About the only speakers I've ever owned which really needed to be listened to from more than 80 inches back were early Thiels. They really didn't focus very well unless I sat at least eight feet back and ten was better yet.
Speakers I've owned which work well at 80" but not at 60" include DCM Time Windows, Snell Type A Improved, various larger vintage Acoustic Research, Advent, KLH, and Rectilinear models, and the Carver Amazing Platinum Mk IV.
For near-field listening as defined, 60 inches or less, most any mini-monitor (LS3/5a size or slightly larger) I've ever heard will work very well, if such speakers are your thing. They generally aren't mine, at least not for my "serious" systems. I do like my Sequerras, but only when subwoofer-augmented. Actually, most smallish two-way speakers should be fine; my old Siefert Maxim III speakers are fine in the near-field.
Of larger speakers, over the years in my present room I've successfully used Gradient 1.3 and 1.5 speakers, Harbeth Monitor 40 and 40.1, Ohm Walsh 5 Series 3, and Legacy Audio Whispers at a listening distance of 60 inches or less. The Whispers were very surprisingly good at this, given they have 10 drivers well spread around a large baffle. The Linkwitz Orions were okay at this as well, although I was more comfortable with them between 60 and 80 inches, since they lost a bit of focus closer up.
The Harbeth M40s and M40.1s are just FABULOUS for near-field listening. From what I've heard in stores, the smaller ones should be just as good. The M40s were the best I'd heard in a very near-field paradigm . . . until I heard the M40.1s. The M40.1s do not lose focus or allow me to hear the drivers as separate sound sources, even when, as an experiment, I managed to get my ears within 24 inches of the front baffle. Even that close up, they literally sound like a one-way speaker with the absolute best blend of midrange and high frequency drivers I've ever heard. Nothing sticks out, even from such close range.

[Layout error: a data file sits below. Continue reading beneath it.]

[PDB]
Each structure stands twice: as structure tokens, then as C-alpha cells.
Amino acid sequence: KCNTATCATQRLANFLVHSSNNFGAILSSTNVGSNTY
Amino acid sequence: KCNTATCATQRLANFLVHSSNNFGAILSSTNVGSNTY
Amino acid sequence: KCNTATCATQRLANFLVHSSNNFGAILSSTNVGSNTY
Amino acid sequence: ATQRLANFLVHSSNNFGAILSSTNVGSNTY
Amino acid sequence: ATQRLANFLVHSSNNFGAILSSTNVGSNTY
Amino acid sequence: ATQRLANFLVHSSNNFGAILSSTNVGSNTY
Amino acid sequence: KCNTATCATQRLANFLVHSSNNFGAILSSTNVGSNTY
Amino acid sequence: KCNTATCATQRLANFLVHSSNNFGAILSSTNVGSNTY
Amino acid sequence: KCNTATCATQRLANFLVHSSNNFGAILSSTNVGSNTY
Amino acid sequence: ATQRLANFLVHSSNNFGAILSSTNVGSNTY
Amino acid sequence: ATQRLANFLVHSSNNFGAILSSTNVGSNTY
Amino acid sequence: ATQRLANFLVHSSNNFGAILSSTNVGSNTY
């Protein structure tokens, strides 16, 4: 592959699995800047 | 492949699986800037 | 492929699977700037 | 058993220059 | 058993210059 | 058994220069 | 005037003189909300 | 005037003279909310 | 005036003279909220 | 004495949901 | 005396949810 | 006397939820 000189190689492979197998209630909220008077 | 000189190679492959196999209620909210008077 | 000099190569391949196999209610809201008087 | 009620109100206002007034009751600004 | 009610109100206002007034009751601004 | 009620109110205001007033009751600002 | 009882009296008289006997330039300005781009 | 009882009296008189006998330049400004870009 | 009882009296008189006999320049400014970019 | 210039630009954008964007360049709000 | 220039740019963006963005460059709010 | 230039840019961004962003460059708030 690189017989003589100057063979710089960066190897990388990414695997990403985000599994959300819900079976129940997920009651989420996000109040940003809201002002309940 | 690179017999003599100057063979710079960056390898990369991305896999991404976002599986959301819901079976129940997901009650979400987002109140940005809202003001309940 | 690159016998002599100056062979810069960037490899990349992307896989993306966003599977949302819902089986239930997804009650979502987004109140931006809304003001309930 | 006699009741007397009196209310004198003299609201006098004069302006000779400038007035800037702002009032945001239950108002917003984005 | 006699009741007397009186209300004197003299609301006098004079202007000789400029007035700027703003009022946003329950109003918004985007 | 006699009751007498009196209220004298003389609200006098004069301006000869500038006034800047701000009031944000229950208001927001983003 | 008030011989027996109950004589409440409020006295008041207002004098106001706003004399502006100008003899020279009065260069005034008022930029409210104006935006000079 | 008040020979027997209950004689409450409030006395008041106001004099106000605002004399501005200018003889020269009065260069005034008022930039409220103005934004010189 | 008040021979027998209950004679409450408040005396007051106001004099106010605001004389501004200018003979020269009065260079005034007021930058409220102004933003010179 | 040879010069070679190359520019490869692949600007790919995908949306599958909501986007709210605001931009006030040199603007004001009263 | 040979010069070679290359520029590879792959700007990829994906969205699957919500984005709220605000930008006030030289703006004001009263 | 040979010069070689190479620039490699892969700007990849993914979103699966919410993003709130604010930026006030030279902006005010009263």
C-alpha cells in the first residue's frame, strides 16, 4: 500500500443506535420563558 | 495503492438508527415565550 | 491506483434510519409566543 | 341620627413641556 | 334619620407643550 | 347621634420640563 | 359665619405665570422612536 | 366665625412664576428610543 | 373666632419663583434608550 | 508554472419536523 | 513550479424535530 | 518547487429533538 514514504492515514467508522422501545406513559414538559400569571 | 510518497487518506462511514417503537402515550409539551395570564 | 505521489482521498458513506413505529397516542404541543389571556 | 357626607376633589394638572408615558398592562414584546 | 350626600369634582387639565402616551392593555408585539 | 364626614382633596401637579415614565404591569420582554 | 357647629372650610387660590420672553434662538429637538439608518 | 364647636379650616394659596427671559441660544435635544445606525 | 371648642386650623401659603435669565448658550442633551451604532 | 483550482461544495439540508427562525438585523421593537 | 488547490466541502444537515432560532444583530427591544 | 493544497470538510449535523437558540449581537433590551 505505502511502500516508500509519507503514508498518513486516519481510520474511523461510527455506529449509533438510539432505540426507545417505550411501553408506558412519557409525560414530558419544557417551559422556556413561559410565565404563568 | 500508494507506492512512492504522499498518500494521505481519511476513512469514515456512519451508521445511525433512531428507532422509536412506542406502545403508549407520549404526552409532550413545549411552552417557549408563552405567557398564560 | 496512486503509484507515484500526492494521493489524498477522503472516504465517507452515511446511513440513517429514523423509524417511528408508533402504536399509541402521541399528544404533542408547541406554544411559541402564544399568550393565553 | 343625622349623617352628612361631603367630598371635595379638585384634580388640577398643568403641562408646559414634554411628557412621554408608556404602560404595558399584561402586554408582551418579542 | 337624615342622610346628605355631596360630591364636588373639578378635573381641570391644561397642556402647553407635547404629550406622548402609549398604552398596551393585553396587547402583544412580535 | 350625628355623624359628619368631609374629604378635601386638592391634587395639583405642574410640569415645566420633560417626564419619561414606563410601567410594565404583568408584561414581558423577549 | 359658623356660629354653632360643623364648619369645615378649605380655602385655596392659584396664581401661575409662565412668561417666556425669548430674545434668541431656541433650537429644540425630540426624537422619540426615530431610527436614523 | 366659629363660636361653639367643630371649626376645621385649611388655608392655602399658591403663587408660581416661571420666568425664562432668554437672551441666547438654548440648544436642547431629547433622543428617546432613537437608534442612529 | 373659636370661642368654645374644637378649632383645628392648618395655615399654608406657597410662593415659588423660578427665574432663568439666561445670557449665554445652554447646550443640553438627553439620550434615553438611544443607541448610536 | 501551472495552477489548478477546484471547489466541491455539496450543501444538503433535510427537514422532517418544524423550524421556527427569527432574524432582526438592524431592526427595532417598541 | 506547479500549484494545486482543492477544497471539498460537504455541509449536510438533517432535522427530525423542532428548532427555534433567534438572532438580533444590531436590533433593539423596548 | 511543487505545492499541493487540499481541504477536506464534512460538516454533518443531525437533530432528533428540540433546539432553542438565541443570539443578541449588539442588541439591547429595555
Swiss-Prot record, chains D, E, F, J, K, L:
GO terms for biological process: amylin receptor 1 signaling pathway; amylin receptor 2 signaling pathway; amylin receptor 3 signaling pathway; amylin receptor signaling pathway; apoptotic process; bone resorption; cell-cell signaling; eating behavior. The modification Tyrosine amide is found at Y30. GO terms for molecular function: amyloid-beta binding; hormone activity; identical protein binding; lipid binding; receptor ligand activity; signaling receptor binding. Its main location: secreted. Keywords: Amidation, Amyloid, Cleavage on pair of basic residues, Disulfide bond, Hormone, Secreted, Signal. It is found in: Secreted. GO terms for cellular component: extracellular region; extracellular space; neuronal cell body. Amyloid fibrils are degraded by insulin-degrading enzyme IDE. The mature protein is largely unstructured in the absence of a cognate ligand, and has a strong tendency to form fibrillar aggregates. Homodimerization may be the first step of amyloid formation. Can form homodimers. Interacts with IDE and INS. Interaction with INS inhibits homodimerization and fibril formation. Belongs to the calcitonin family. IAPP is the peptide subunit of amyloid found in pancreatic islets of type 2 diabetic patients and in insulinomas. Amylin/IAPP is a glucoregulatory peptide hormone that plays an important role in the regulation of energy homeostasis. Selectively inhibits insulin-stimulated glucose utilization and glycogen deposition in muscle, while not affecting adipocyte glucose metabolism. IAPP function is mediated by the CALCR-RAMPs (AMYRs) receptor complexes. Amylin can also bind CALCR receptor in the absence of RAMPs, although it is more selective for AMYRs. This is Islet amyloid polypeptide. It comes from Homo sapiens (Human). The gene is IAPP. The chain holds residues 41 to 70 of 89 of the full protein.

I'd like to comment on line source and coaxial speakers. Yes, line source speakers work in the near field, in the sense that there is no problem with inter-driver coherence, as long as they are not composed of drivers which while vertically tall, are separated horizontally by some inches. Magnepans, for instance, can be problematic with near-field listening, I've found.
But even with a basically one-way lines source such as a Sound Lab electrostatic or the old Carver Amazing Platinum Mk IV (which was the first speakers I had in my current room--okay, the woofers were there to the side, but since the steep crossover was at 100 Hz, that was not a problem) you will hear a bit or more of vertical image stretch. While the Haas effect keeps the primary image source directly in front of your eyes, the closer up you listen, the more image stretch you will get since the subtended vertical angle of the line source keeps increasing as you listen nearer. Some listeners may not object to this, since it makes images larger and thus perhaps more life-like for some. But I find the vertical stretching of singers mouths, for example, to be unrealistic. While this is not such a problem from further back, for me, if I listen up close, this becomes objectionable.